||James Seymour, MD
James Seymour, MD
This talk will discuss new perspectives on Post-Traumatic Stress Disorder, the Polyvagal Theory and its’ implications for clinical practice . We’ll provide examples of somatically oriented therapies, followed by a live demonstration of some of the principles discussed. The target audience is primarily therapists, psychologists, and psychiatrists who work in the field of psychological trauma recovery but also can be helpful and understood by members of the general public . The presentation is a synthesis of ideas from the work of Allan Schore, Stephen Porges. Kathy Steele, Peter Levine, Pat Ogden, Babbette Rosthschild, Diana Fosha, Habib Davanloo, and Christine Courtois . It is important for all who work in the field of psychological trauma recovery to have a broad range of knowledge as well as a breadth of techniques and recovery modalities . It is particularly relevant as we are seeing more and more people in our practices who have been traumatized by violence as well as the disintegration of civil discourse and strong communities .
Participants will be able to describe the neuro-regulation model of recovery.
Participants will be able recognize the limitations of the psychopathology model of mental health treatment
Participants will understand the clinical significance of the Polyvagal Theory and what that means for our practices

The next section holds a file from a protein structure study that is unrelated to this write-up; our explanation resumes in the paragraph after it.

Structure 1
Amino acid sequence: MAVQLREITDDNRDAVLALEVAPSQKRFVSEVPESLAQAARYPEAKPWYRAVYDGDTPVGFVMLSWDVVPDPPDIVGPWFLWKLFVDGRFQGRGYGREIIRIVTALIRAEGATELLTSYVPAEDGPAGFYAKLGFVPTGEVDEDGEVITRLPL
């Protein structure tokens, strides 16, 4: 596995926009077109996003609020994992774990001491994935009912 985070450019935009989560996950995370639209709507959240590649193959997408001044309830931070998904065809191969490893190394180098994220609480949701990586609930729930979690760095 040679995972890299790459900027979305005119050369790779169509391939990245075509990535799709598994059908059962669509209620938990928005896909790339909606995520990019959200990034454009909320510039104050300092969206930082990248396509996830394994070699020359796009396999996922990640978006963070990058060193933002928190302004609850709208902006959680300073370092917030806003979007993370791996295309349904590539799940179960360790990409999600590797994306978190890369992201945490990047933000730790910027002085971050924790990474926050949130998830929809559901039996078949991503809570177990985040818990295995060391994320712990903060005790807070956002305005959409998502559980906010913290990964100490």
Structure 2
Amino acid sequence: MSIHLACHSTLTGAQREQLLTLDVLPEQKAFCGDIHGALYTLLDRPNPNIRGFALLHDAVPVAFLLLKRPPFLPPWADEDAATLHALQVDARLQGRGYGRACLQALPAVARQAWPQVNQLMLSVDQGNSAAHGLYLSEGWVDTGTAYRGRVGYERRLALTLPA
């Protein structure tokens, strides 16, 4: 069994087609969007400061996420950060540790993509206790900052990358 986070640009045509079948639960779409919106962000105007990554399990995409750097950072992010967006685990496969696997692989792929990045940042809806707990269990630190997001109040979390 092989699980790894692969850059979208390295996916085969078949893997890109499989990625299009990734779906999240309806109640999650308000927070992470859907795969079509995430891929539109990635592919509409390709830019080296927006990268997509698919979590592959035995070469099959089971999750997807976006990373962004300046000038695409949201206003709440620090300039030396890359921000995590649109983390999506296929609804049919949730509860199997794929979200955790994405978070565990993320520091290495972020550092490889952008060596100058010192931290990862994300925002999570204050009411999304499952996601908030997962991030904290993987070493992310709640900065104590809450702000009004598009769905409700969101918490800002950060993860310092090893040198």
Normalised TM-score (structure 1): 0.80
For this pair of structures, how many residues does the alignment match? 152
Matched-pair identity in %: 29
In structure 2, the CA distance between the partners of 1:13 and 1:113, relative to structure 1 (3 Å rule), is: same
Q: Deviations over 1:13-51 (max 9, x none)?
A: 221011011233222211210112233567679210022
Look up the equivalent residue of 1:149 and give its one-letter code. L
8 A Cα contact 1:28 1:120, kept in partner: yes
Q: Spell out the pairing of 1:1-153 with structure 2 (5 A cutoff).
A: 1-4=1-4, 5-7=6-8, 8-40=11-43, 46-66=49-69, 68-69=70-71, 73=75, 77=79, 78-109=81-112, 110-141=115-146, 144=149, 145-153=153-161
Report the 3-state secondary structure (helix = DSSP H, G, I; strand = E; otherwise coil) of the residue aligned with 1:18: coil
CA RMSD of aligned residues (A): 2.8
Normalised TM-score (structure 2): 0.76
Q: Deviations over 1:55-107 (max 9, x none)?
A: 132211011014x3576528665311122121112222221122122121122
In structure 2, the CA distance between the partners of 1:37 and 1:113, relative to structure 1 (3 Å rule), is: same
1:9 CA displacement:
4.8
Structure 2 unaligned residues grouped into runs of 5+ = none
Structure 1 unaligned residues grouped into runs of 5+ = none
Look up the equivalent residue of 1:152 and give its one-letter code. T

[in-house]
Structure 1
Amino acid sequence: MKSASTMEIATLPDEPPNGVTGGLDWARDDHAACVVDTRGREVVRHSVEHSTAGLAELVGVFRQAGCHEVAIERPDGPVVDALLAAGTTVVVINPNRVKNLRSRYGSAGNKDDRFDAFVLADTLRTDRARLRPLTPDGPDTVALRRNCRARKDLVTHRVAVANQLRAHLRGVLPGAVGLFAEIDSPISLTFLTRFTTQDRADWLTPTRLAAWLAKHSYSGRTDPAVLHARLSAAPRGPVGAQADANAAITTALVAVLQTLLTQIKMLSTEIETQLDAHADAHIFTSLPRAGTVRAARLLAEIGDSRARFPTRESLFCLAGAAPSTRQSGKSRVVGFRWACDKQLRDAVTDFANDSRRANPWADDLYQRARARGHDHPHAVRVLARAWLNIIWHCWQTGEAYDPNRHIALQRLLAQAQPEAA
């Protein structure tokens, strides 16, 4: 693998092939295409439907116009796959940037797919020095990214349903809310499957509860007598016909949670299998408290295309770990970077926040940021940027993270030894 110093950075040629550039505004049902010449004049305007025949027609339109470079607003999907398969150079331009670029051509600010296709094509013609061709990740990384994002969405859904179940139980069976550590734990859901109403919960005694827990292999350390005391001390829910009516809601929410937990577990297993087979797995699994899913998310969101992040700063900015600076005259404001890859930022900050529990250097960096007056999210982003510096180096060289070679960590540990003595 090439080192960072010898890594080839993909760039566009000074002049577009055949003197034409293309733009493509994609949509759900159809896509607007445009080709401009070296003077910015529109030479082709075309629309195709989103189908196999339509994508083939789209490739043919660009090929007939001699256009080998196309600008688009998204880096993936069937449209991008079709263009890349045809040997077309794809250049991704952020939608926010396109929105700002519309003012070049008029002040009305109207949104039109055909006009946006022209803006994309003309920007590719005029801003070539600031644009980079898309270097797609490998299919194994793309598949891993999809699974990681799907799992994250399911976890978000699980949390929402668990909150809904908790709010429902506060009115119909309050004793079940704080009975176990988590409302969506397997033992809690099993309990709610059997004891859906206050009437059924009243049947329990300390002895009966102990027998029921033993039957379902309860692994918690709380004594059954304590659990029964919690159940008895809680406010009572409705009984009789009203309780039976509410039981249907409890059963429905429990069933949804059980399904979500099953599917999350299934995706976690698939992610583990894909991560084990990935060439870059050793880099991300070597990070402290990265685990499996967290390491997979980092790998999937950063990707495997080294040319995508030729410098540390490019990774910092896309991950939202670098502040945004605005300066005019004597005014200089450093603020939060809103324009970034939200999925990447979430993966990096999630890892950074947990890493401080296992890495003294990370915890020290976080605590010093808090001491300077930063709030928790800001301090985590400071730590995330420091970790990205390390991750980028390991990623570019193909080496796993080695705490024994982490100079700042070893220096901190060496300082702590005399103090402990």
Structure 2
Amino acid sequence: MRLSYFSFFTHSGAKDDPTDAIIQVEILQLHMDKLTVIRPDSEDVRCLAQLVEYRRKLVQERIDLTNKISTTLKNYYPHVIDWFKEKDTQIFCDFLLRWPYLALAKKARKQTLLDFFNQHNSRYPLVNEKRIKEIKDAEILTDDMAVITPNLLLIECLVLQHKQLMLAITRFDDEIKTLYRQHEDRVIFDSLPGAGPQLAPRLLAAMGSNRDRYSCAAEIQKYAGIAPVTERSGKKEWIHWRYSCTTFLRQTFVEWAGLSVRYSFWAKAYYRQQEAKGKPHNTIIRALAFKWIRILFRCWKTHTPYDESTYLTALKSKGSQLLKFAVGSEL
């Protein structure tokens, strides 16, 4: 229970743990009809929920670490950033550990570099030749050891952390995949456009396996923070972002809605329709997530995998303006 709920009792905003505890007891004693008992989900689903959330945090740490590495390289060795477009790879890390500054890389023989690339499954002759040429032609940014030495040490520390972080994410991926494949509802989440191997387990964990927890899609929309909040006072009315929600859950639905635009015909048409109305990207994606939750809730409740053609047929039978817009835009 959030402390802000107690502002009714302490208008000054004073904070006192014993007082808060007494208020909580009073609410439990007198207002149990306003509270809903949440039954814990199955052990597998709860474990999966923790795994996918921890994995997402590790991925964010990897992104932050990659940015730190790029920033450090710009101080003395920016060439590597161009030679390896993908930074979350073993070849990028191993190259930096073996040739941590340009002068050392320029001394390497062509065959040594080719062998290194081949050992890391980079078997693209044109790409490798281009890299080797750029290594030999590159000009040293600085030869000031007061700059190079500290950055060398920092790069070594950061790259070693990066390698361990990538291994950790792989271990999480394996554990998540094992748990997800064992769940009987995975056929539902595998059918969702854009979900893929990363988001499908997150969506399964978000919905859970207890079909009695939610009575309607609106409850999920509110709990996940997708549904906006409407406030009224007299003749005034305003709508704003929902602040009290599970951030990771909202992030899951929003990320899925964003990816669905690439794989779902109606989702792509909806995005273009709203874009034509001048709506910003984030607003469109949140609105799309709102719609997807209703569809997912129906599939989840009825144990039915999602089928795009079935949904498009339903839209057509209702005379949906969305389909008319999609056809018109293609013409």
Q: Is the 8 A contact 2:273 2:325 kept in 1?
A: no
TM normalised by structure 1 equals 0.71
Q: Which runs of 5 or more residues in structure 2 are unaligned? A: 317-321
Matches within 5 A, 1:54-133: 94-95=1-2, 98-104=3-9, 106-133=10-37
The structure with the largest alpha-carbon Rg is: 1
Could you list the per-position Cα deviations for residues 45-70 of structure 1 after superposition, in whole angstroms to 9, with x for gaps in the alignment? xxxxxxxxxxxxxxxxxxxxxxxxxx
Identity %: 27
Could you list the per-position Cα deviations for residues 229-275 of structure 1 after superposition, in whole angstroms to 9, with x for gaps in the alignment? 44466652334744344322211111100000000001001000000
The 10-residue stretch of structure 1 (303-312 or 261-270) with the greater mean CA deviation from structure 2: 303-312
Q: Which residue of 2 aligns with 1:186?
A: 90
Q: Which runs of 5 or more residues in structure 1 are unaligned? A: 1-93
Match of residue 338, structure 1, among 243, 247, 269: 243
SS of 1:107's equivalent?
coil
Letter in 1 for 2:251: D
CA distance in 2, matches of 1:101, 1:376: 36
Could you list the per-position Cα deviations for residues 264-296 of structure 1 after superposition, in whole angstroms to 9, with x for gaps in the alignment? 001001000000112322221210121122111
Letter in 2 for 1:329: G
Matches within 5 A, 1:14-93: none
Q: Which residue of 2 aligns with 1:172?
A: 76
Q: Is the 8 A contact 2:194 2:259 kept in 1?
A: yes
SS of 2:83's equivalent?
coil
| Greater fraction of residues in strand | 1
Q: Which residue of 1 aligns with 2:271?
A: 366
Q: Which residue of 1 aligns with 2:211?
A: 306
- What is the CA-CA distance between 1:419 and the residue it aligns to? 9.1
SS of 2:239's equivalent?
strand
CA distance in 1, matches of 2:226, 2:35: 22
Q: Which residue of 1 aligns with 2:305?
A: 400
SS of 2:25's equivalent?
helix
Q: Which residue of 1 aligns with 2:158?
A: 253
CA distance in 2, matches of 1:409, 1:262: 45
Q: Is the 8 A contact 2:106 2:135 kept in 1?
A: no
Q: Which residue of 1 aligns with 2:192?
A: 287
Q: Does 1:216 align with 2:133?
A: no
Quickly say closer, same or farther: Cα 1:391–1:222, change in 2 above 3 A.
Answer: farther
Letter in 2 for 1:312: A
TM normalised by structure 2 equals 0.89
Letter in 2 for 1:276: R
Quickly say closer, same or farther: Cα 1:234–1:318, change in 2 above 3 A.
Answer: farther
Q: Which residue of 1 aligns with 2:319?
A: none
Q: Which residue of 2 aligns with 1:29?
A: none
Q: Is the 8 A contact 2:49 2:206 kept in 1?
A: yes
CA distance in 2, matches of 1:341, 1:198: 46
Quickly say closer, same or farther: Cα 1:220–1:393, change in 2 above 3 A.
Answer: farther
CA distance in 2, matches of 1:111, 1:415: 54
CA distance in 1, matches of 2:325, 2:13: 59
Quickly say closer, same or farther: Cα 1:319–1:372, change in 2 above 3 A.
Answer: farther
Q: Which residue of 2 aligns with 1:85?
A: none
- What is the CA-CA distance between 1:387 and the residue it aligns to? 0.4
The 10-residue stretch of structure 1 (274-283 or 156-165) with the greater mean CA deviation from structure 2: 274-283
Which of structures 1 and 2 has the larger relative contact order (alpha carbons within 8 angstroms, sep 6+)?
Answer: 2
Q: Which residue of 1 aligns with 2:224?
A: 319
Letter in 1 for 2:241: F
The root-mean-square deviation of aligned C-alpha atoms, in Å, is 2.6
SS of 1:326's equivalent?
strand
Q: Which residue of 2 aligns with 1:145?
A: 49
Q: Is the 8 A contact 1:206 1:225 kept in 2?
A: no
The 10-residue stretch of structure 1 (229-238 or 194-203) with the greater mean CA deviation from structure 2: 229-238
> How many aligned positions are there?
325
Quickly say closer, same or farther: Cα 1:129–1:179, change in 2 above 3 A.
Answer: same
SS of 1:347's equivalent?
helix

Participants will be able to recognize and describe at least five types of somatically oriented recovery modalities .
Participants will be able to see the principles described above through observing a live, unrehearsed demonstration of neuro –regulation techniques that can assist individuals in recovering from psychological trauma .
- Participant will explain 3 new ways to increase the therapeutic alliance
- Participant will list 3 new practical tips for facilitating trauma recovery
- Participant will describe 3 new reasons that help them understand why we need a paradigm shift in trauma recovery
James Seymour, MD
joined Sierra Tucson in 2010 . Upon receiving his medical degree from the University of Tennessee and completing his psychiatric residency at the University of Virginia in 1987, Dr . Seymour trained for several years in Intensive Short-Term Dynamic Psychotherapy (ISTDP).
Dr. Seymour was an officer with the United States Public Health Service, where he served as mental health director of the Tucson Area Indian Health Service (IHS) . For 10 years, he served as the assistant medical director of a residential behavioral health and substance abuse program focused on the healing of mind, body, and spirit. Dr. Seymour is board certified by both the American Board of Psychiatry and Neurology and the American Board of Addiction Medicine. Additionally, he is a Somatic Experiencing® practitioner.
Dr. Seymour’s areas of expertise include trauma recovery, addictions, cognitive behavioral therapy (CBT), and somatic mind-body therapies. Dr. Seymour believes strongly in the resilience of the human spirit and views the role of the psychiatrist as assisting the person in removing obstacles to the natural healing and recovery process.
Dr. Seymour approaches post trauma symptoms as the natural nervous system’s response to trauma, rather than a disease or disorder, with a primary focus on increasing the capacity for better nervous system regulation, improvement in navigating interpersonal relationships, and mindfulness to support and encourage positive results in each individual.
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